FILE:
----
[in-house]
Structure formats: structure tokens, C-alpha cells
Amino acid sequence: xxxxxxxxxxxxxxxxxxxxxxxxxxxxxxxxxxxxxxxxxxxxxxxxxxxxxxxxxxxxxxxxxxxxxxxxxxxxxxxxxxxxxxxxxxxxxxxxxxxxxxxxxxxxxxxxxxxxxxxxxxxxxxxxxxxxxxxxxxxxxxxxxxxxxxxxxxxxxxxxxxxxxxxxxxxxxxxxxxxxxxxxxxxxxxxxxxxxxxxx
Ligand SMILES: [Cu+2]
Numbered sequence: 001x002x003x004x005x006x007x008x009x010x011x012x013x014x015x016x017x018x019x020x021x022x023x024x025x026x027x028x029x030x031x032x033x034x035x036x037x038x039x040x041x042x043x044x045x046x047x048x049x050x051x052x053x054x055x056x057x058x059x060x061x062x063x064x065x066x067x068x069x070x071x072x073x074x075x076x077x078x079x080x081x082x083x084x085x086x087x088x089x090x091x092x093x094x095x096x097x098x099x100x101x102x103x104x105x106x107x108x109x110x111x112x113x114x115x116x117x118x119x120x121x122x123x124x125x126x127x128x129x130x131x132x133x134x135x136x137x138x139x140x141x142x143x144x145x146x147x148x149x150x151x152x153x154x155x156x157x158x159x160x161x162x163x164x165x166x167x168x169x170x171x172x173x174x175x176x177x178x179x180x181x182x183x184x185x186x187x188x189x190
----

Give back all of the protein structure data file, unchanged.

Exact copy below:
[in-house]
Structure formats: structure tokens, C-alpha cells
Amino acid sequence: xxxxxxxxxxxxxxxxxxxxxxxxxxxxxxxxxxxxxxxxxxxxxxxxxxxxxxxxxxxxxxxxxxxxxxxxxxxxxxxxxxxxxxxxxxxxxxxxxxxxxxxxxxxxxxxxxxxxxxxxxxxxxxxxxxxxxxxxxxxxxxxxxxxxxxxxxxxxxxxxxxxxxxxxxxxxxxxxxxxxxxxxxxxxxxxxxxxxxxxx
Ligand SMILES: [Cu+2]
Numbered sequence: 001x002x003x004x005x006x007x008x009x010x011x012x013x014x015x016x017x018x019x020x021x022x023x024x025x026x027x028x029x030x031x032x033x034x035x036x037x038x039x040x041x042x043x044x045x046x047x048x049x050x051x052x053x054x055x056x057x058x059x060x061x062x063x064x065x066x067x068x069x070x071x072x073x074x075x076x077x078x079x080x081x082x083x084x085x086x087x088x089x090x091x092x093x094x095x096x097x098x099x100x101x102x103x104x105x106x107x108x109x110x111x112x113x114x115x116x117x118x119x120x121x122x123x124x125x126x127x128x129x130x131x132x133x134x135x136x137x138x139x140x141x142x143x144x145x146x147x148x149x150x151x152x153x154x155x156x157x158x159x160x161x162x163x164x165x166x167x168x169x170x171x172x173x174x175x176x177x178x179x180x181x182x183x184x185x186x187x188x189x190